|FOR IMMEDIATE RELEASE||CONTACT:|
|August 13, 1999||Christine Baker|
SAN FRANCISCO -- The California Commission on Health and Safety and Workers' Compensation has issued a report of its study of the role of the treating physician in the workers' compensation system. The study was conducted by the Survey Research Center of the University of California under contract with the Commission.
The 1993 legislative reforms of the workers' compensation system made a number of significant changes to the medical-legal reporting process. The primary treating physician is required to render opinions on all medical issues to determine the injured workers eligibility for compensation. When additional medical reports are obtained on a workers industrial injury, the findings of the treating physician are presumed to be correct. The Commission undertook this project to evaluate the quality of treating physician reports and the cost-benefit of the presumption of correctness of treating physician reports.
Preliminary results of this study indicate changes to the status of the treating physician made during the 1993 reforms have resulted in medical-legal decisions based on poorer quality reports without apparent cost savings. In addition, there seems to be consensus within the WCAB that the presumption has increased litigation and curtailed the discretion of the Workers Compensation Judges to craft reasonable decisions within the range of evidence.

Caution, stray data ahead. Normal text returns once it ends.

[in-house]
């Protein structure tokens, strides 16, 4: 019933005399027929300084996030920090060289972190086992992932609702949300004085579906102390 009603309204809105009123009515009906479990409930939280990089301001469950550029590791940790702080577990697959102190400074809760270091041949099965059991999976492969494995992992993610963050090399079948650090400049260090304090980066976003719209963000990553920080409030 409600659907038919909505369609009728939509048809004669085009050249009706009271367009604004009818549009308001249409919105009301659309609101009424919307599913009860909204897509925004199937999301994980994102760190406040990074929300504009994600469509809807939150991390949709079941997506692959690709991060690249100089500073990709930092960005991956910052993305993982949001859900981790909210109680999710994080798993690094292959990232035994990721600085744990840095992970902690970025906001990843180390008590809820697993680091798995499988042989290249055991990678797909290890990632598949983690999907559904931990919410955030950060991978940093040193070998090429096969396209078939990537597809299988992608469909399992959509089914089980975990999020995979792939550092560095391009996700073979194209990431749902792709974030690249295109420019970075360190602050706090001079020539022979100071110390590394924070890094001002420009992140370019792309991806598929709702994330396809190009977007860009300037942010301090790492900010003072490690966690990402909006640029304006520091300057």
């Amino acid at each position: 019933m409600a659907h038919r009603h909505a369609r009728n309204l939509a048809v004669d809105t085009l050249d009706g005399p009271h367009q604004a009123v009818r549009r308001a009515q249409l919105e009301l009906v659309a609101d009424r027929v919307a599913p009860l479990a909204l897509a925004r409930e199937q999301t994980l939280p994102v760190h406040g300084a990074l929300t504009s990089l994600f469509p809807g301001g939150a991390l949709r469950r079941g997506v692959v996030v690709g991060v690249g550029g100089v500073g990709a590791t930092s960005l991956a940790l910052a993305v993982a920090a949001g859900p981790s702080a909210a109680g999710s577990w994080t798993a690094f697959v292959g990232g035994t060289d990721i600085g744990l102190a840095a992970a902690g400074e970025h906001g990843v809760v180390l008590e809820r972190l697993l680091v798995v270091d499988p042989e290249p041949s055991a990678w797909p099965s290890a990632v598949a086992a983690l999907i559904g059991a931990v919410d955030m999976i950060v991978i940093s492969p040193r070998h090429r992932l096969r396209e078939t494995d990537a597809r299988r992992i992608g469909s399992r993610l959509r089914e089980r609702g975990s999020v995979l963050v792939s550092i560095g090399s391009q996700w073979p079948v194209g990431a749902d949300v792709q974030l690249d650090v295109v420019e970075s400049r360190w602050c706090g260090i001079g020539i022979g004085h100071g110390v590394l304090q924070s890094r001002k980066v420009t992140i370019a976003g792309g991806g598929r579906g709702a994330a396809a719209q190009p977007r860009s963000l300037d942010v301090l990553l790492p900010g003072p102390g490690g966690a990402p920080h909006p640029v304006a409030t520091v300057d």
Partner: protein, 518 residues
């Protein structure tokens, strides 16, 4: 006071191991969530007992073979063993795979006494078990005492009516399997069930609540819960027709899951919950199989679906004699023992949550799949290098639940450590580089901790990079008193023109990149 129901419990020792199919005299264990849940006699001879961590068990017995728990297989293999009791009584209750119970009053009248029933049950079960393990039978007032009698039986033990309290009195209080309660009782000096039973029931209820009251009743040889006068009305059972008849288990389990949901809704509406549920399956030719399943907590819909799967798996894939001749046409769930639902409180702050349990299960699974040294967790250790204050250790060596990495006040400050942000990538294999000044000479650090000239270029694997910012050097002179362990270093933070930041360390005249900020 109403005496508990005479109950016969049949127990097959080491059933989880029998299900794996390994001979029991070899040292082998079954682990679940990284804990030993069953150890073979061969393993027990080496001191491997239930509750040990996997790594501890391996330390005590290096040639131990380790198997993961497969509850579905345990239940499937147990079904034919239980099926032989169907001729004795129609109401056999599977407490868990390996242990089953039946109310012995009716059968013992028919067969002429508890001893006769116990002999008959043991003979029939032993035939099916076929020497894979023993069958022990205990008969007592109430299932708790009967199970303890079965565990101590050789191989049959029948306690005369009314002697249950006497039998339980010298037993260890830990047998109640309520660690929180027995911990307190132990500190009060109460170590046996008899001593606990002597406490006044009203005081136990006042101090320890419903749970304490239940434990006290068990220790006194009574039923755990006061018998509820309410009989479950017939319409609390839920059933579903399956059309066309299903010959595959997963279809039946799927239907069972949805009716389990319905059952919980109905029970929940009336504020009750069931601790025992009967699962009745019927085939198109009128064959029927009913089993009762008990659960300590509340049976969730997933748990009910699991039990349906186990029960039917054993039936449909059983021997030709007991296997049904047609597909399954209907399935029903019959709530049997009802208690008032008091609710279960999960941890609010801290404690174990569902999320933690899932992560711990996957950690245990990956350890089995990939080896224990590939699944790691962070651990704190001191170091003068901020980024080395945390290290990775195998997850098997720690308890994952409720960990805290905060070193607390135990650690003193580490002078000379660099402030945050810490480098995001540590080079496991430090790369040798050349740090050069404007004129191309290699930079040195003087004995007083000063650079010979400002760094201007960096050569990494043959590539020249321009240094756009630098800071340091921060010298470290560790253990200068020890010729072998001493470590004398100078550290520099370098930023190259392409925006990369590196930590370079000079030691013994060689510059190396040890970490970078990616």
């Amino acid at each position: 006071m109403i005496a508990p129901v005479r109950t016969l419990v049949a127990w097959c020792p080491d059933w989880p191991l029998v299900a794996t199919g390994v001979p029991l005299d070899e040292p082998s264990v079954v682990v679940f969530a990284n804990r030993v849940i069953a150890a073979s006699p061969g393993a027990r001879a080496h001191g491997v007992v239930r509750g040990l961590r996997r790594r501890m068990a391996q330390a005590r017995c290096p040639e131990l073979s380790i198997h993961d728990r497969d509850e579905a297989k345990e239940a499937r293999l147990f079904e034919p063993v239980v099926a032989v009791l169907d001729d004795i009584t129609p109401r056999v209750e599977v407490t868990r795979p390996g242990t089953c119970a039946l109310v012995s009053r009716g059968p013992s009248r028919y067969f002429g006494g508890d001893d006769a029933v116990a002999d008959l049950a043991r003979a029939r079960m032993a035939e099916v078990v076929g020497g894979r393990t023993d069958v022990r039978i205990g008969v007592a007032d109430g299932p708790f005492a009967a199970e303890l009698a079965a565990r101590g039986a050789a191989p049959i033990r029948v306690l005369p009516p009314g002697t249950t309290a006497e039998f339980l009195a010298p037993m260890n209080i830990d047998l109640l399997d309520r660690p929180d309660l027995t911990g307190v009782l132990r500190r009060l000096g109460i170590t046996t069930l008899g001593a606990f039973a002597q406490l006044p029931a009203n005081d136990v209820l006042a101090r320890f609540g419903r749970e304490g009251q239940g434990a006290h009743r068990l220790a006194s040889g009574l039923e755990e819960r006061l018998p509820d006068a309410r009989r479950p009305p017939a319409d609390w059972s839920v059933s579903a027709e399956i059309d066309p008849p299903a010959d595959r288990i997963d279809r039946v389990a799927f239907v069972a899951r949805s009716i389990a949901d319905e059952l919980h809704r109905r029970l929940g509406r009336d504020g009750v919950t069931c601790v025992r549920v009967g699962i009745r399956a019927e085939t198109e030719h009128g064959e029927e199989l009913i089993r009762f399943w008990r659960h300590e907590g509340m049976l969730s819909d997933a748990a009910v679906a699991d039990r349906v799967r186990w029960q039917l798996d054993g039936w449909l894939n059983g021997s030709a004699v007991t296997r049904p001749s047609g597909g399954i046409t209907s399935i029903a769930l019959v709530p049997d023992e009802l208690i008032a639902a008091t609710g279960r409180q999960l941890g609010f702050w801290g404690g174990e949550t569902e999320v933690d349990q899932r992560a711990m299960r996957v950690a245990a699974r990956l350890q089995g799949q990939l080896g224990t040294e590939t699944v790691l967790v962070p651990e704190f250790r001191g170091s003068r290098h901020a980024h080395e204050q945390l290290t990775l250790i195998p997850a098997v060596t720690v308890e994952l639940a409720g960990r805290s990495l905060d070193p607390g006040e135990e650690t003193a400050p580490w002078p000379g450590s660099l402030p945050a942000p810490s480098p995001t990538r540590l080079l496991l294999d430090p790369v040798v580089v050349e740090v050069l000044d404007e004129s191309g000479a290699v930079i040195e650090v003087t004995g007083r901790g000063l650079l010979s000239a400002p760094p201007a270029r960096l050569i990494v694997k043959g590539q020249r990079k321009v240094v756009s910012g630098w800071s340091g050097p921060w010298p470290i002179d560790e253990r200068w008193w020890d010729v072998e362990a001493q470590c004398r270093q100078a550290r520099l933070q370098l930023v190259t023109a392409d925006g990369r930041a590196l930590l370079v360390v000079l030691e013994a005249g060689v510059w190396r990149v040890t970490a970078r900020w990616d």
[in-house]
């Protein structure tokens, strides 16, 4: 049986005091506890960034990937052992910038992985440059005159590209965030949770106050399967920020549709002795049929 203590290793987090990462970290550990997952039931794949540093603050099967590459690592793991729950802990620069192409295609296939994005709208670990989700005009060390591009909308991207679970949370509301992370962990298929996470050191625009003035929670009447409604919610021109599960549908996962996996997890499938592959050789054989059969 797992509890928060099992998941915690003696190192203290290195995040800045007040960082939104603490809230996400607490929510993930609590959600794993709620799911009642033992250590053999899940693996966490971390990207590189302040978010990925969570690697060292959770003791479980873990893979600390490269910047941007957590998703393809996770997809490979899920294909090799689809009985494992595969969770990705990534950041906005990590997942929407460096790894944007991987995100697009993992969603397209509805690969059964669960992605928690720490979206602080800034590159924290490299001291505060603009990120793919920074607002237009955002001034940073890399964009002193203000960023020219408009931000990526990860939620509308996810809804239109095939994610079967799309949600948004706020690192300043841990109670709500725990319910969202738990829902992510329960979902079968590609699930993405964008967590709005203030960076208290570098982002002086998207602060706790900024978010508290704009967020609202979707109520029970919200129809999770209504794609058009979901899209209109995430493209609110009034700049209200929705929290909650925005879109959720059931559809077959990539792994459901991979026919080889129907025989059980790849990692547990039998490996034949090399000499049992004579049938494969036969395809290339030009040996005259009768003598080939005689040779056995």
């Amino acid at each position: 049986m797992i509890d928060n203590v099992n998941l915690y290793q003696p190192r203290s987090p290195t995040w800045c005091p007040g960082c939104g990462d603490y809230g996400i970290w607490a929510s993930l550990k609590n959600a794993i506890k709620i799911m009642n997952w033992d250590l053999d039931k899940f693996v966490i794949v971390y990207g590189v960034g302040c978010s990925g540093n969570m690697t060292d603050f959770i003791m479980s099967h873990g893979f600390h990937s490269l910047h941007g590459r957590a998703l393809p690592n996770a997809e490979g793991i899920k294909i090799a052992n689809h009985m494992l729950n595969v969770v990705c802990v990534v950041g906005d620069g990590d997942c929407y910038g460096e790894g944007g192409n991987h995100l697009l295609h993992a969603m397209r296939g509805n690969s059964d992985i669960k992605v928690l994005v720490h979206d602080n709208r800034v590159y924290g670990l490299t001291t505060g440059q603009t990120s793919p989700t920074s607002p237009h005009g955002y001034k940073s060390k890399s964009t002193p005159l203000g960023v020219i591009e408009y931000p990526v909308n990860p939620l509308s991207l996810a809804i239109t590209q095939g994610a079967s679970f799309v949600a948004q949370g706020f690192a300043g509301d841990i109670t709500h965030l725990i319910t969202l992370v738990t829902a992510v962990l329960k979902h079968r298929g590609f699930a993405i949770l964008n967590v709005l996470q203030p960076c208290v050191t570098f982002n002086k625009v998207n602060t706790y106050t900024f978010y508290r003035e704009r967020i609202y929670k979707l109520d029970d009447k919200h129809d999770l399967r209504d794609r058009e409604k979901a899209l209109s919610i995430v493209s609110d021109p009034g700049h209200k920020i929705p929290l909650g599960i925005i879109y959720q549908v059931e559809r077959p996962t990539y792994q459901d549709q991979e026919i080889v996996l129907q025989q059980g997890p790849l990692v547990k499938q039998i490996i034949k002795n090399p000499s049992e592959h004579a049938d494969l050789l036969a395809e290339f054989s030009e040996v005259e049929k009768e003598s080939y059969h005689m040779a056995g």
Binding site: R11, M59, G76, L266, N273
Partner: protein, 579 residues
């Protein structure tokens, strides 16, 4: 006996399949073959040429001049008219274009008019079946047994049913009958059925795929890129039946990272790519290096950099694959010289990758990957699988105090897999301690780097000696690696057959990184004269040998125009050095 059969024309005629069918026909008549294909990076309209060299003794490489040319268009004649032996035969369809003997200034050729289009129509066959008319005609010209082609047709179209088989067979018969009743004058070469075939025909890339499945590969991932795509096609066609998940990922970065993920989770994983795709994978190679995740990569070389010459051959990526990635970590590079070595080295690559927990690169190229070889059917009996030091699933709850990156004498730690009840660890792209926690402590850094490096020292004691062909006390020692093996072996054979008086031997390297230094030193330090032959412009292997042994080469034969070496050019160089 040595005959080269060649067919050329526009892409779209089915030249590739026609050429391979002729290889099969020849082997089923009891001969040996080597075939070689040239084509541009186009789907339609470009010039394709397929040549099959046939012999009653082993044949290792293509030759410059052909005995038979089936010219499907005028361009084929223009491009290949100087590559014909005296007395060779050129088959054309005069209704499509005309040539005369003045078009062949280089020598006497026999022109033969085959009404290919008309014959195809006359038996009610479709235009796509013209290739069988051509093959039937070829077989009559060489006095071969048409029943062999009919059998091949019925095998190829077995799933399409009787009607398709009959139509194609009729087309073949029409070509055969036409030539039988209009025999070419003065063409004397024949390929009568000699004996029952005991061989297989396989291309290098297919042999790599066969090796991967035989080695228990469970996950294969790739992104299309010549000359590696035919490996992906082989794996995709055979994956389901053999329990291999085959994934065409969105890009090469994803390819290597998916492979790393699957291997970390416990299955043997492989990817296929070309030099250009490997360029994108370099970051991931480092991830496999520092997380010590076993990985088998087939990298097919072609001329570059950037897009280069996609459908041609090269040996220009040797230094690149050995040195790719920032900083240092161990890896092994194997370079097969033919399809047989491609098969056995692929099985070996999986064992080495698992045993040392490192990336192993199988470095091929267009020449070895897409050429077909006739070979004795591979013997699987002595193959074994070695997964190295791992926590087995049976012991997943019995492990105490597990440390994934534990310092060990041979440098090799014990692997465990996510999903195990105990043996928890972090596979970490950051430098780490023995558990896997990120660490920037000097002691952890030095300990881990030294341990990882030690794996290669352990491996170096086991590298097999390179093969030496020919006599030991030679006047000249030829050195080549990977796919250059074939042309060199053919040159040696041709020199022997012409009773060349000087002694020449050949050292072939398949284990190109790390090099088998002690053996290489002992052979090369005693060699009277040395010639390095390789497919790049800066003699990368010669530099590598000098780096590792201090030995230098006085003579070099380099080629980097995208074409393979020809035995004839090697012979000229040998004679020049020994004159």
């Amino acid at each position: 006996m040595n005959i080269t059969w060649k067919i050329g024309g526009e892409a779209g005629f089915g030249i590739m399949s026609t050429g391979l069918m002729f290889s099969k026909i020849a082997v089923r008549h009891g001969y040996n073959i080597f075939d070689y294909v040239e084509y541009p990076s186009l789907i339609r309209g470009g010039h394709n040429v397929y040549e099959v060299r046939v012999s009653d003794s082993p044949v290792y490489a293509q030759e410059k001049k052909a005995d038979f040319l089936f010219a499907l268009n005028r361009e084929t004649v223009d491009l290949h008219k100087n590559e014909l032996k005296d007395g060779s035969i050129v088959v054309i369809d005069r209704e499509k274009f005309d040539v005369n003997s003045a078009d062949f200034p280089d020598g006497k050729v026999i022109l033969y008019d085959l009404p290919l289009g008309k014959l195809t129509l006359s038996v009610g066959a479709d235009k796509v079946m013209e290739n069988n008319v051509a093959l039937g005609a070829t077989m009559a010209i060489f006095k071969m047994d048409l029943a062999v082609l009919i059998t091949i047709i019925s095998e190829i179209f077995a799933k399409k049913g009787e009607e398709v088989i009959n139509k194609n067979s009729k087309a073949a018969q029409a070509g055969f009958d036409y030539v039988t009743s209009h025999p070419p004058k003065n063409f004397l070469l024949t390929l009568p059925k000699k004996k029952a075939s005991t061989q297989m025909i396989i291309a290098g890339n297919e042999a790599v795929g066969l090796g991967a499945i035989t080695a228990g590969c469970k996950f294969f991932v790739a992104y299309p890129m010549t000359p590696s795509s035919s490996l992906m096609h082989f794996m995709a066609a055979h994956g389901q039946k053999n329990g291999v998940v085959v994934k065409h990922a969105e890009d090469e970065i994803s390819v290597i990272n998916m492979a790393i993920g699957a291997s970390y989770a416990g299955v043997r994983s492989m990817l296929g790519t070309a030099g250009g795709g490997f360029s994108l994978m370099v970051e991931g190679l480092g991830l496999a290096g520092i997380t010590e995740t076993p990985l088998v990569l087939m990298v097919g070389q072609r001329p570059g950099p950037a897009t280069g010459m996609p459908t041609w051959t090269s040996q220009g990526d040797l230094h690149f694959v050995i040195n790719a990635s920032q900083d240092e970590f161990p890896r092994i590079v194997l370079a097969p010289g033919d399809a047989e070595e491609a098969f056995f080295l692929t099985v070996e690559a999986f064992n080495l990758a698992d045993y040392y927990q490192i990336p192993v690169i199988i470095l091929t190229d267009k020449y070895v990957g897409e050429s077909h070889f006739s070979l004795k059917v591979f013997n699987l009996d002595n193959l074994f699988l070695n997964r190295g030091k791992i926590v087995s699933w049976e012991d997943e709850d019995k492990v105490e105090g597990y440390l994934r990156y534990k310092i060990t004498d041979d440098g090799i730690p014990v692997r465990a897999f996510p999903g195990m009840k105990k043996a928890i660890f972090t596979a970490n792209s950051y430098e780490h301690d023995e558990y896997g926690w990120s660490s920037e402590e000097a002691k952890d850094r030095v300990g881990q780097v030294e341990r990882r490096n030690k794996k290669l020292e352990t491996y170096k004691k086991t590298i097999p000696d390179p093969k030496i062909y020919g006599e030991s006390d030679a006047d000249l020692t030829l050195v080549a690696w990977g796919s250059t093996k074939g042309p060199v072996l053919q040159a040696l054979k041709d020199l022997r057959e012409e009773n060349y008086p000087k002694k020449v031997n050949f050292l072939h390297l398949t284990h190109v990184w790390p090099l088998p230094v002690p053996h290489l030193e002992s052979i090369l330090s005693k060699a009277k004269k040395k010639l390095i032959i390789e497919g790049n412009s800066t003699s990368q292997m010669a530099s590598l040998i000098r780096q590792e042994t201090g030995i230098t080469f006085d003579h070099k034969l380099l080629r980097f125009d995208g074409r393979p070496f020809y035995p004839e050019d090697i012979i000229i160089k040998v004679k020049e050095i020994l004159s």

A copy of the report is available at no charge by writing to Christine Baker, Executive Officer, Commission on Health and Safety and Workers' Compensation, 455 Golden Gate Avenue, 10th Floor, San Francisco, California 94102, by calling (415) 703-4220, or by faxing a request to (415) 703-4234.
Commission publications are also available through the Internet at the California Department of Industrial Relations' home page at www.dir.ca.gov. Information about the Commission may be accessed by choosing either Occupational Safety & Health or Workers Compensation.
The Commission is charged with overseeing the health and safety and workers' compensation systems in California and recommending administrative or legislative modifications to improve their operation. The Commission was established to conduct a continuing examination of the workers' compensation system and of the state's activities to prevent industrial injuries and occupational diseases and to examine those programs in other states.